Oncolytic Viruses and Immune Checkpoint Inhibition: The Best of Both Worlds

Venkatesh Sivanandam, Christopher J. LaRocca, Nanhai G. Chen, Yuman Fong, Susanne G. Warner

Research output: Contribution to journalReview articlepeer-review

25 Scopus citations


Cancer immunotherapy and the emergence of immune checkpoint inhibitors have markedly changed the treatment paradigm for many cancers. They function to disrupt cancer cell evasion of the immune response and activate sustained anti-tumor immunity. Oncolytic viruses have also emerged as an additional therapeutic agent for cancer treatment. These viruses are designed to target and kill tumor cells while leaving the normal cells unharmed. As part of this process, oncolytic virus infection stimulates anti-cancer immune responses that augment the efficacy of checkpoint inhibition. These viruses have the capability of transforming a “cold” tumor microenvironment with few immune effector cells into a “hot” environment with increased immune cell and cytokine infiltration. For this reason, there are multiple ongoing clinical trials that combine oncolytic virotherapy and immune checkpoint inhibitors. This review will detail the key oncolytic viruses in preclinical and clinical studies and highlight the results of their testing with checkpoint inhibitors.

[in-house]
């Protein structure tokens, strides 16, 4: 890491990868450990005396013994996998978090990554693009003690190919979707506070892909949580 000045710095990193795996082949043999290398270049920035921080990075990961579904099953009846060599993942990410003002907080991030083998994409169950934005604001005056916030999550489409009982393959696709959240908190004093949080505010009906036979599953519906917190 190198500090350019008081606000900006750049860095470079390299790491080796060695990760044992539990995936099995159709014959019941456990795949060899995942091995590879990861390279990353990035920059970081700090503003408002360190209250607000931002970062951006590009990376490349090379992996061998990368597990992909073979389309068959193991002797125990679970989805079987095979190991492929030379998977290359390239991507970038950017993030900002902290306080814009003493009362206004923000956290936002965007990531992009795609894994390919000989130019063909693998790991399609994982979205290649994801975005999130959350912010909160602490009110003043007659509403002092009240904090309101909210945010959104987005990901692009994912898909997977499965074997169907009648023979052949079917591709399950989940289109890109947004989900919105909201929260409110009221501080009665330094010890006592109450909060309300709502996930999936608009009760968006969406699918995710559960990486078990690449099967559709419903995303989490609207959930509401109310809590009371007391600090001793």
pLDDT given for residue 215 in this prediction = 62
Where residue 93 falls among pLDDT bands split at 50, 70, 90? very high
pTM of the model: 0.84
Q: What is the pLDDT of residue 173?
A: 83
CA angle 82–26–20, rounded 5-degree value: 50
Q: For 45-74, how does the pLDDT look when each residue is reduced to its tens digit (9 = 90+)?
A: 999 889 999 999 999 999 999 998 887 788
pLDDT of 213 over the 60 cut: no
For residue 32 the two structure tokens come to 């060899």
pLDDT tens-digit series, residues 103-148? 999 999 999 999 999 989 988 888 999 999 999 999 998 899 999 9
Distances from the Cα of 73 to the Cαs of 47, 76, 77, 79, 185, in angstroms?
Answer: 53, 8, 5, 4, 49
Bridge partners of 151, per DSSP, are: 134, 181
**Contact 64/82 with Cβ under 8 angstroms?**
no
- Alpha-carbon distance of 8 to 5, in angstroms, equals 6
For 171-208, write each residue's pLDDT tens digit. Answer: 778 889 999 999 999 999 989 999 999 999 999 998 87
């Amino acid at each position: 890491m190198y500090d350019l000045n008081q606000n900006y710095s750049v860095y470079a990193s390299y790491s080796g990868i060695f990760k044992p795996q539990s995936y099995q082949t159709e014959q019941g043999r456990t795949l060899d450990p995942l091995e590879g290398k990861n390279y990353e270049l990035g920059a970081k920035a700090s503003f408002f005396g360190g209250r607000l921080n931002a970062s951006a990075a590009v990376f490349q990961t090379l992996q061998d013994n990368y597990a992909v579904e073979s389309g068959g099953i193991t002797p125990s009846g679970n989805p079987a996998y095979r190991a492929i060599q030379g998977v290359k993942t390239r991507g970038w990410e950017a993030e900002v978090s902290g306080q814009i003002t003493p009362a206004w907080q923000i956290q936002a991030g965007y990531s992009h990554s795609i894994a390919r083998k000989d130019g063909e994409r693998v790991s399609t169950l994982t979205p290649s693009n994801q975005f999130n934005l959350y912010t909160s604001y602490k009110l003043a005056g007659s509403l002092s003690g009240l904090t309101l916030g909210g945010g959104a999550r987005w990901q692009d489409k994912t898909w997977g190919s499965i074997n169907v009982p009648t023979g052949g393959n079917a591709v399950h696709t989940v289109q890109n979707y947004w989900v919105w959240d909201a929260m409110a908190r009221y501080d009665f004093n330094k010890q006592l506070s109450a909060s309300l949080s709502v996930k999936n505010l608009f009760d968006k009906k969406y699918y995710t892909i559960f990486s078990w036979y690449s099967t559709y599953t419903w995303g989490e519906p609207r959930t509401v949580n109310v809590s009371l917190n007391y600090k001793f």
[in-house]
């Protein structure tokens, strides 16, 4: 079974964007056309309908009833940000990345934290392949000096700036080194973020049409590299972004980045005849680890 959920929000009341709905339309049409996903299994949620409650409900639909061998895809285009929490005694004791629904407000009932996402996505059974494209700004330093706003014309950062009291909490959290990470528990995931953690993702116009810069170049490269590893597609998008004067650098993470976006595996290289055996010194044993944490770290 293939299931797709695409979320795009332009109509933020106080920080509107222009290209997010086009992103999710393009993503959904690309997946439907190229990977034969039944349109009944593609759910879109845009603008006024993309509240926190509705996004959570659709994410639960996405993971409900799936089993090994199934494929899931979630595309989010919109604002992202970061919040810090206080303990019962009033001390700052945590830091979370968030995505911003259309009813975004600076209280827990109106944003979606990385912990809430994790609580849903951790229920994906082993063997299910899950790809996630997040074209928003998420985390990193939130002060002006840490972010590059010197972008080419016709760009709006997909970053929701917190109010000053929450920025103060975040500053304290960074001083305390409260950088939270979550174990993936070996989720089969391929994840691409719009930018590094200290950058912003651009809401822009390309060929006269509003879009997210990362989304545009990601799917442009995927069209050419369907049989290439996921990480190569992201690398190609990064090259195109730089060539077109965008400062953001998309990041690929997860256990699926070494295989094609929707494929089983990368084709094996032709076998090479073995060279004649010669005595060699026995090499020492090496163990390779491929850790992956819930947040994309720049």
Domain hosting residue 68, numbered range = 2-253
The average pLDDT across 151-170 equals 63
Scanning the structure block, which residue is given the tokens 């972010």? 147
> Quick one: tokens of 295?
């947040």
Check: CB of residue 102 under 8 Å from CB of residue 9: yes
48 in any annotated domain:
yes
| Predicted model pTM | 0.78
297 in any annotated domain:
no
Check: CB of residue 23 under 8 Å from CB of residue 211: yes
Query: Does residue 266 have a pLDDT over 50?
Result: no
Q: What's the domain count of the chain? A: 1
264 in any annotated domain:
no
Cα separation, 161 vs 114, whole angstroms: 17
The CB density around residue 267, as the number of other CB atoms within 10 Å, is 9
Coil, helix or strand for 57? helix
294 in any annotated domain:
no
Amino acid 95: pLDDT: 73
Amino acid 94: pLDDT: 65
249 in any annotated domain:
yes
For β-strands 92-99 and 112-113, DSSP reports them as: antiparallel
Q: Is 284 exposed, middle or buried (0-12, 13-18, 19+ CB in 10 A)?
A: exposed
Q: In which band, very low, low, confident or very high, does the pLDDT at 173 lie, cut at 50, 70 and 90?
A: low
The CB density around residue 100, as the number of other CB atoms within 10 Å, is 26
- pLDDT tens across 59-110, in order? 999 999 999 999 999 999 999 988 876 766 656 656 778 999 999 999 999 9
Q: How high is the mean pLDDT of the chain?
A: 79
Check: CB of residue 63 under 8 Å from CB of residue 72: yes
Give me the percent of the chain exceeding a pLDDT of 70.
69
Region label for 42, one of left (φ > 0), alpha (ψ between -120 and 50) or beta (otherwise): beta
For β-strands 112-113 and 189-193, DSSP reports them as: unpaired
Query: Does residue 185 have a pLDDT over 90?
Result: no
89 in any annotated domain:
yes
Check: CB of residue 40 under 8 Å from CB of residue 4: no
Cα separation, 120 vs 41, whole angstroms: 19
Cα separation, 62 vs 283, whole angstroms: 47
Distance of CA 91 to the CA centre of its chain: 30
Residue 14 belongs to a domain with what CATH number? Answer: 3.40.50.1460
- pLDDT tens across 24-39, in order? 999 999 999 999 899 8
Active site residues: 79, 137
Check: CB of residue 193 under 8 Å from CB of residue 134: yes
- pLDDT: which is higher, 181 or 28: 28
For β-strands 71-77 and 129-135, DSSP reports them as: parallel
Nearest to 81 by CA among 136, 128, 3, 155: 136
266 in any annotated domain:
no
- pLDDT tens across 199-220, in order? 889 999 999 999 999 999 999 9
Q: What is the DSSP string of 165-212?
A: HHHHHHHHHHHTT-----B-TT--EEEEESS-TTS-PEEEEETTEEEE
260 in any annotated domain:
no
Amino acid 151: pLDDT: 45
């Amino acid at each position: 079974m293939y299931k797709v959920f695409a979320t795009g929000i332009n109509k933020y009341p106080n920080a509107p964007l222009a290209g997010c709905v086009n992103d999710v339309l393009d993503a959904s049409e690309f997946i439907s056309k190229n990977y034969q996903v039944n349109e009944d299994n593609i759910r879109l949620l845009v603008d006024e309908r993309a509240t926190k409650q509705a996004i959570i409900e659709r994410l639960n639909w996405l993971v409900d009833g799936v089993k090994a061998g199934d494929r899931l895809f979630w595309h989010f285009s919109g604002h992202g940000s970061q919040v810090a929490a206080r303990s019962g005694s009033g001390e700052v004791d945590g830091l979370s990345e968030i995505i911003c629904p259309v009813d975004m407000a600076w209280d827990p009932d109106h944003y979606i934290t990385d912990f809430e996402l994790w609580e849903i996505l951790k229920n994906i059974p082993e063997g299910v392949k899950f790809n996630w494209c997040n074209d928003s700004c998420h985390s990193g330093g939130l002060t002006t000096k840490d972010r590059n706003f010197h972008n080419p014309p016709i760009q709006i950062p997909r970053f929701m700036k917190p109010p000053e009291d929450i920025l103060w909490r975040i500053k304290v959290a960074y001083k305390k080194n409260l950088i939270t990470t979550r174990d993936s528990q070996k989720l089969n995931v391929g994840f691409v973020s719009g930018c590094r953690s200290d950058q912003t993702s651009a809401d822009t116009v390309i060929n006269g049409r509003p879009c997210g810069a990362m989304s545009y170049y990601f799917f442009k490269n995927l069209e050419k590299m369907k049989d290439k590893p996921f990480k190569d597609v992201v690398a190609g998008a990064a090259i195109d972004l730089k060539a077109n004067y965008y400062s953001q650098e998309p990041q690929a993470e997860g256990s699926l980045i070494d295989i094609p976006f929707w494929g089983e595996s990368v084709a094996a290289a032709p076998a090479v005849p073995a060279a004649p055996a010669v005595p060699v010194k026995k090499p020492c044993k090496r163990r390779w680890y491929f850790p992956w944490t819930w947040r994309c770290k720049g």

Original languageEnglish (US)
Pages (from-to)93-106
Number of pages14
JournalMolecular Therapy - Oncolytics
StatePublished - Jun 28 2019
Externally publishedYes


  • immune checkpoint inhibitor
  • immunotherapy
  • oncolytic virus

PubMed: MeSH publication types

  • Journal Article
  • Review

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